Letter: Don’t sell out
In a recent letter to the editor (“The ‘old guard’ resists change,” Aspen Daily News, Oct. 22), the author seems to have twisted around some details relating to Hunter S. Thompson’s bid for Pitkin County sheriff in 1970.
In 1969, Thompson encouraged Joe Edwards to run for mayor of Aspen. Edwards lost by just six votes to a member of the old guard, which at the time was politically conservative and mostly Republican. His campaign slogan was “Sell Aspen or Save It.” In a 2013 Aspen Times interview, Edwards reflected back on his defeat and commented: “They sold it.”
Thompson wrote in the 1970s Rolling Stone article “The Battle of Aspen”: “Our program … was to drive the real estate goons completely out of the valley. … No more huge, space-killing apartment buildings to block the view. … No more land rapes, … zone the greedheads out of existence, and in general create a town where people could live like human beings.”
In his run for sheriff, one of his platform points was to “change the name ‘Aspen’ by public referendum, to ‘Fat City.’ This would prevent greedheads, land-rapers and other human jackals from capitalizing on the name ‘Aspen.’”
The old guard of 40 years ago more closely resembles the Base2 proponents of today. In 1976, Edwards and Dwight Shellman were elected as Pitkin County commissioners and were instrumental in establishing the land-use philosophy that allowed Aspen and Pitkin County to become the special places they are today. Would Thompson be supporting Base2 and Mark Hunt? I don’t know. In 1969, Hunter saw an opportunity to create change in Aspen by mobilizing a youthful group of “freaks, heads and hippies” to make their voices heard at the polls. It’s disingenuous to suggest that the “freak power“ movement was about creating hotel rooms.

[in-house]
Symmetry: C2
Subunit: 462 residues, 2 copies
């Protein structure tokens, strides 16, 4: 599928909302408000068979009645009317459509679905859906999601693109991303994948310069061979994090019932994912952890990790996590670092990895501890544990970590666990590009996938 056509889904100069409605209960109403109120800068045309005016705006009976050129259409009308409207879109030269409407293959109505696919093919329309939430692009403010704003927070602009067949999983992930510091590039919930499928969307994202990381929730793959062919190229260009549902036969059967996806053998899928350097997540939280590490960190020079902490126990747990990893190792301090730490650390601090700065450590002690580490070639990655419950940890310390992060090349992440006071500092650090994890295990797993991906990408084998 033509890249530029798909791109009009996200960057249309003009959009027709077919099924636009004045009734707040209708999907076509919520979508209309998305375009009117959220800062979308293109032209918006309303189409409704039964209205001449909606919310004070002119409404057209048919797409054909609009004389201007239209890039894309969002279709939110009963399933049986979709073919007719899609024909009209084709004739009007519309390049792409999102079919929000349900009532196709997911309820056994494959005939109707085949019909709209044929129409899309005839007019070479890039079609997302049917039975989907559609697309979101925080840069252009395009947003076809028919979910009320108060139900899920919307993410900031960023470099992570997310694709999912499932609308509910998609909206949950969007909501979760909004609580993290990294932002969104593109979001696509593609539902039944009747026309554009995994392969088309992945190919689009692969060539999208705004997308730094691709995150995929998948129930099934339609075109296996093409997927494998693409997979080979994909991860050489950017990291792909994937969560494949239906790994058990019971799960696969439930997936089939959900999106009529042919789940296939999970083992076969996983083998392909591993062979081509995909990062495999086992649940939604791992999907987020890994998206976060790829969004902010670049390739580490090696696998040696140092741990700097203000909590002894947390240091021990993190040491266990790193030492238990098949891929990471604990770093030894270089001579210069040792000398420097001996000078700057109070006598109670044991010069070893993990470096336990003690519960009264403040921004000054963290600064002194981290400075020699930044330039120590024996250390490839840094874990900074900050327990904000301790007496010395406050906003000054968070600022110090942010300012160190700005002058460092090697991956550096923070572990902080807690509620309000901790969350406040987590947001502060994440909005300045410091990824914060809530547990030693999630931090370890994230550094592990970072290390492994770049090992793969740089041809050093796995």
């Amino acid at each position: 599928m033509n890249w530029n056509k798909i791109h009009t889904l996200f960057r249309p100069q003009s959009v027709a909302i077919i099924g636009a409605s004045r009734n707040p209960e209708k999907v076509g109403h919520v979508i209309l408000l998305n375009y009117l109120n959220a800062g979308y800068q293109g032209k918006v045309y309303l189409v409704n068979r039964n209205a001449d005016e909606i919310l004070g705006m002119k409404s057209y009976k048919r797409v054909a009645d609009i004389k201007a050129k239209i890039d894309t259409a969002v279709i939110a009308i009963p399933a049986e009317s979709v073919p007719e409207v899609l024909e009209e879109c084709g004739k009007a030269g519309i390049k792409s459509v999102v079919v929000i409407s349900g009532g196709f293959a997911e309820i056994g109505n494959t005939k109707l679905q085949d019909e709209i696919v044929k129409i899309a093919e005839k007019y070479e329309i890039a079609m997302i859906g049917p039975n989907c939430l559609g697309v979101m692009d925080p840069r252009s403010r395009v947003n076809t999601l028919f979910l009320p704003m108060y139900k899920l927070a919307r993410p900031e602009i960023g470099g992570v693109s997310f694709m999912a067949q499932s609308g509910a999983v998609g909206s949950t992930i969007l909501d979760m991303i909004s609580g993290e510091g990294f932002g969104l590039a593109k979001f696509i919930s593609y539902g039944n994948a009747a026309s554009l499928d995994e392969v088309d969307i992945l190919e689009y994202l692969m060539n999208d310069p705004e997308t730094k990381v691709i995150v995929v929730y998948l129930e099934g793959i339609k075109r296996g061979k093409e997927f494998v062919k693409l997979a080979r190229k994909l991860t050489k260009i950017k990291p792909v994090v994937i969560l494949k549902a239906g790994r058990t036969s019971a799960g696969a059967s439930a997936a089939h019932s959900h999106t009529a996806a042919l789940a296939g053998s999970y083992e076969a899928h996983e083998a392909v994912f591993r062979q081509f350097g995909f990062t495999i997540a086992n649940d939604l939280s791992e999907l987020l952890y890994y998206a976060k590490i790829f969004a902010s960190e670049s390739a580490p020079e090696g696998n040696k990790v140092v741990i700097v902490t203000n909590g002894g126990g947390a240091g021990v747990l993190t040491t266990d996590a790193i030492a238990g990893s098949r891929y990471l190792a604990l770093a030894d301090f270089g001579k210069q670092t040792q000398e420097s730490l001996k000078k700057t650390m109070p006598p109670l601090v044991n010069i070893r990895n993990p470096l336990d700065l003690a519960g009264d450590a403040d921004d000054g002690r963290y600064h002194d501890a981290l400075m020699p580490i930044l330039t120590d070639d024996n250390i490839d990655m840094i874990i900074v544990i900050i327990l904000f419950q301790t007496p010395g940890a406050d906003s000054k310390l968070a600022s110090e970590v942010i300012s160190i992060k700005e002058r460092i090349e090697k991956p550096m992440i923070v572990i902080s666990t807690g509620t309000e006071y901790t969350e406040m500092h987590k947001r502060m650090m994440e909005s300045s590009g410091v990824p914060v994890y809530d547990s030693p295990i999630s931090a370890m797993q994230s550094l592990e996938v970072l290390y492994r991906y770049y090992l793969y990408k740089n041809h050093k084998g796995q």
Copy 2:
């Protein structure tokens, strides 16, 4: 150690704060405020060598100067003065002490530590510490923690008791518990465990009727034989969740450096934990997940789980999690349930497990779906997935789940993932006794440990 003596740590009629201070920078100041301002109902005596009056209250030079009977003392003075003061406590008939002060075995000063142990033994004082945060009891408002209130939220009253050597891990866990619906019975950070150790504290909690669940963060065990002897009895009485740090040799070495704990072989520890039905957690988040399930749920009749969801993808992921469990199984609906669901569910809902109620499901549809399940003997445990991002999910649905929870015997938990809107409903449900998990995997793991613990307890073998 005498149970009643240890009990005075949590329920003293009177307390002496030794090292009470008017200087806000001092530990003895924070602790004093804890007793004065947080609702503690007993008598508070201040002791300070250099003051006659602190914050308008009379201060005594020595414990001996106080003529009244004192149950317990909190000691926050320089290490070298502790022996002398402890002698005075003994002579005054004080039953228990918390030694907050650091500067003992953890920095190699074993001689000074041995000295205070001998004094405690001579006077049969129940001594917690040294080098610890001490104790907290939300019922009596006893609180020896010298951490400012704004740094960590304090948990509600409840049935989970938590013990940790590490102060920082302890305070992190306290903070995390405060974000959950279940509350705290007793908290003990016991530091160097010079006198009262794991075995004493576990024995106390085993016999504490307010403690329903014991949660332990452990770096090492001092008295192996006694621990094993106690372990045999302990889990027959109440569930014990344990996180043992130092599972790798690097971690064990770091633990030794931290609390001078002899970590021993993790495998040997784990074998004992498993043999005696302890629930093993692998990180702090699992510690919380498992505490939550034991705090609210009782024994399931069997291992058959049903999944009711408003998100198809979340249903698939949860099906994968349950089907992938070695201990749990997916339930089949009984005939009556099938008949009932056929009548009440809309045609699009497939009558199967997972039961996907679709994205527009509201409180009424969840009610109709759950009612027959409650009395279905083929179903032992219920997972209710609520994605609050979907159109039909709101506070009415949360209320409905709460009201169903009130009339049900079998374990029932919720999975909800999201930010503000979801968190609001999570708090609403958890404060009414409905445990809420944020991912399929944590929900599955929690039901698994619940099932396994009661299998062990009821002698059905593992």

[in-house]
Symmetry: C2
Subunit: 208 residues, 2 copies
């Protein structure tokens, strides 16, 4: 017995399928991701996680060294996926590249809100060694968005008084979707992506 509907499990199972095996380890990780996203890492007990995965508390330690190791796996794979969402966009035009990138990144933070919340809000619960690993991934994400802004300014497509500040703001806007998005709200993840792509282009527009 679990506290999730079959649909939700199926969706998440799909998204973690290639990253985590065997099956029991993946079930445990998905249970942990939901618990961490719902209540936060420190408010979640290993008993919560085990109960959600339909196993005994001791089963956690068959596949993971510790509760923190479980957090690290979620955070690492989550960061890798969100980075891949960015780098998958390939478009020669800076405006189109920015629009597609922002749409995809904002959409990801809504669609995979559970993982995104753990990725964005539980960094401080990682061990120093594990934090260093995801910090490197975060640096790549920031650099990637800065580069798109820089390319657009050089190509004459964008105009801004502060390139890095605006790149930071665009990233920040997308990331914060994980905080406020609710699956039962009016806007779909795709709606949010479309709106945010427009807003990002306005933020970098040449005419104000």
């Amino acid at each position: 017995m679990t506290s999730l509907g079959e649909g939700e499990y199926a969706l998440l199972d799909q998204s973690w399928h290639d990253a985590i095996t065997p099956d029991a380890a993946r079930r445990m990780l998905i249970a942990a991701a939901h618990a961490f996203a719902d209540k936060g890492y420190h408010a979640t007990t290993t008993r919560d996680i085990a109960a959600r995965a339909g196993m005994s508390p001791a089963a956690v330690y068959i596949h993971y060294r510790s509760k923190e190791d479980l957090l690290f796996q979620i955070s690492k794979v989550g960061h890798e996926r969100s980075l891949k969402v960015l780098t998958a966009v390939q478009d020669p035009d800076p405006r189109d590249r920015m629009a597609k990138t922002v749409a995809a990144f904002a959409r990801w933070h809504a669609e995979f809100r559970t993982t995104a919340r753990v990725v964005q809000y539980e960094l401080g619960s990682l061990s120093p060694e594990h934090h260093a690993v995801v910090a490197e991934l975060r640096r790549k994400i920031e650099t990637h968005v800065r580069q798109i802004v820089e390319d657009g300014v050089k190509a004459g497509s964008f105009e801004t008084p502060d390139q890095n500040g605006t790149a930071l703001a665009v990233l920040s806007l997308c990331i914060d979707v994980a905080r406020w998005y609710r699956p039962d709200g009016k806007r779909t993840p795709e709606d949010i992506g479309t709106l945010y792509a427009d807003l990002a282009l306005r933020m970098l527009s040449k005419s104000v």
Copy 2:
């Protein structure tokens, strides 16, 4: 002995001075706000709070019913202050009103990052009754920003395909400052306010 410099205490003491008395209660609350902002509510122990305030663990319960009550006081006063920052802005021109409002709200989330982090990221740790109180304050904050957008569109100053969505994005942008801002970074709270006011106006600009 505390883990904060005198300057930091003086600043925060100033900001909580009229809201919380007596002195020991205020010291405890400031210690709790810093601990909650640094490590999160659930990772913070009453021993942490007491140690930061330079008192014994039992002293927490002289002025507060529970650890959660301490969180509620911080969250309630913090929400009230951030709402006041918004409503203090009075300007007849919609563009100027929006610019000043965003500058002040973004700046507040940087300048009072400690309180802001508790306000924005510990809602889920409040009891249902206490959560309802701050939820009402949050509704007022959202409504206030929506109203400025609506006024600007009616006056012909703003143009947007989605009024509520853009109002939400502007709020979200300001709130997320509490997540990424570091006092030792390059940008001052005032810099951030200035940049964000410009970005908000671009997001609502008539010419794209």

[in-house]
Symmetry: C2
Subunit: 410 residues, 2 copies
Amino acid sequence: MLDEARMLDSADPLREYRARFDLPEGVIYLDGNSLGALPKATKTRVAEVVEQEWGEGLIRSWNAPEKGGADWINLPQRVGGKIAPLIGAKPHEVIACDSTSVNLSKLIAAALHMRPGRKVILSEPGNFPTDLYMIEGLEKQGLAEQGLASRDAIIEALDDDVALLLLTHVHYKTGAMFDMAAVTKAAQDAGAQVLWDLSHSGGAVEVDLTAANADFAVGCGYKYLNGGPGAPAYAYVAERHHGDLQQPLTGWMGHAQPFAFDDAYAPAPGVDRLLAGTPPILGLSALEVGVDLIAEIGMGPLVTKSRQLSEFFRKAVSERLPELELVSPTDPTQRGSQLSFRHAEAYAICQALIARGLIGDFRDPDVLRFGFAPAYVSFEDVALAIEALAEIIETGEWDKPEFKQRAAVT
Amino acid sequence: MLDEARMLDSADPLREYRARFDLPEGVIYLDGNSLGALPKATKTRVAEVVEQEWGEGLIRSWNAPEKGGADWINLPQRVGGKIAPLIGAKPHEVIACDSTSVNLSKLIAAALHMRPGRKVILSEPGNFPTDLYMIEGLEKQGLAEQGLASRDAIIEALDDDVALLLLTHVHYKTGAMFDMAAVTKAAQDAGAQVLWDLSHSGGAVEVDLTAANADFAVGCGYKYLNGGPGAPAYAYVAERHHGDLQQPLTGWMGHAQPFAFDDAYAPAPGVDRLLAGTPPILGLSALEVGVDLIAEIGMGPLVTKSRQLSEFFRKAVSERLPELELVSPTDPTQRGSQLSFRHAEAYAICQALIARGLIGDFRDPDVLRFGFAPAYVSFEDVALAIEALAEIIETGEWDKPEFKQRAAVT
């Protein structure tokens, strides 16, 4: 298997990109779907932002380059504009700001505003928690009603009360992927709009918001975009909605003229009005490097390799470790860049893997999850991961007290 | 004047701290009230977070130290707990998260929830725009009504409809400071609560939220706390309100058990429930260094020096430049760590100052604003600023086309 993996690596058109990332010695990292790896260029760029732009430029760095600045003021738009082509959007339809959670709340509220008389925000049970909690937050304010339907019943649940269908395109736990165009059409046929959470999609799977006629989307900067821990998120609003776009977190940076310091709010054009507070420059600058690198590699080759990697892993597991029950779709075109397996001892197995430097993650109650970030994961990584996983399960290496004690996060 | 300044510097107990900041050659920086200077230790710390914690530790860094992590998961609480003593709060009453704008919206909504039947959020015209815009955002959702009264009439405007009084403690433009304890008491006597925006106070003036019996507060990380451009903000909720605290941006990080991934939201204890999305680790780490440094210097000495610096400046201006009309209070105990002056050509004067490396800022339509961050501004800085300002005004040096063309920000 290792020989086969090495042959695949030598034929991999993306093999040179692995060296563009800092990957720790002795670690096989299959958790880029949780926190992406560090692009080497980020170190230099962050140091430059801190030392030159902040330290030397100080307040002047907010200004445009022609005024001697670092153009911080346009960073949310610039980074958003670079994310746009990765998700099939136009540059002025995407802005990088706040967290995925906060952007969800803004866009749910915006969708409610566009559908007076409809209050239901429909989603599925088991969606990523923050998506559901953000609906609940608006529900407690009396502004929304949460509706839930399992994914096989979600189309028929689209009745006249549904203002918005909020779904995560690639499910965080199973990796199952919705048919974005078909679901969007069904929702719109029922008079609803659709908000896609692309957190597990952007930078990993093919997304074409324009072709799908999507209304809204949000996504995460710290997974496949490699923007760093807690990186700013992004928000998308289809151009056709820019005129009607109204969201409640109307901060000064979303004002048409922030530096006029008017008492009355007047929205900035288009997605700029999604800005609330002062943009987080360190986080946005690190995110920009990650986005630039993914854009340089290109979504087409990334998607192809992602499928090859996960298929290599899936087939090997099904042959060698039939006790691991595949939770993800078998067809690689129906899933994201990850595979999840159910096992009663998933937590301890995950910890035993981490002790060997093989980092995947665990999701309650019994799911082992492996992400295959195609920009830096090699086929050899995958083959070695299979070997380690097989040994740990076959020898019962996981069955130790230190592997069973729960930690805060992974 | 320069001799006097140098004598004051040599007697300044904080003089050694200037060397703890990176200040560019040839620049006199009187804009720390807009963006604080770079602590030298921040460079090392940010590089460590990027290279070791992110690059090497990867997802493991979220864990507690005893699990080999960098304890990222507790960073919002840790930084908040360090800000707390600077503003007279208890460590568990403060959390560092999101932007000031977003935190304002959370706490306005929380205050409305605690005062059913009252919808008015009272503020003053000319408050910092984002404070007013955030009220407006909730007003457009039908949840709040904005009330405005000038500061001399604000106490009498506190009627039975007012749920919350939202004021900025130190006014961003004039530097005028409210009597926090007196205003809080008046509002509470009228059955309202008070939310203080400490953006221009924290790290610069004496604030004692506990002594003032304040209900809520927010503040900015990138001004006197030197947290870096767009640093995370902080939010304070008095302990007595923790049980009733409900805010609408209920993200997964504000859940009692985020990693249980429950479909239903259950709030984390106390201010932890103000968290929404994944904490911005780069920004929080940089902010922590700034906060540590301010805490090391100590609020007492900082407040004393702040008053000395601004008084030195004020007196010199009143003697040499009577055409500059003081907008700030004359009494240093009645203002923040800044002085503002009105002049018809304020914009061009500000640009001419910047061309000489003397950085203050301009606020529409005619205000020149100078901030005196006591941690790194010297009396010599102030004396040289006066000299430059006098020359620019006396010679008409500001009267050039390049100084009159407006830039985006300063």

As a voter, I want my elected representatives to stand up for the laws, codes and regulations that they themselves have created over the years. They are our legislators. Their first responsibility to the community should be to respect the system that they chose to become part of. Doing what’s “cool” and “fun” shouldn’t dictate how they make their decisions.
Forty years ago, a wake-up call was sent out to the people of Aspen by the aforementioned individuals and others who saw the potential danger to Aspen’s character presented by out-of-control development. This has not changed. Are we to believe now that supporters of Base2 are able to look into the future and assure us that the room rates will be affordable (whatever that means), traffic will be less on that corner than at current levels and there will be on-site parking?
And if the nightly rate for a 191-square-foot room is $300 to $400 a night, hey! This is Aspen. And besides, predicting two out of three is pretty good.
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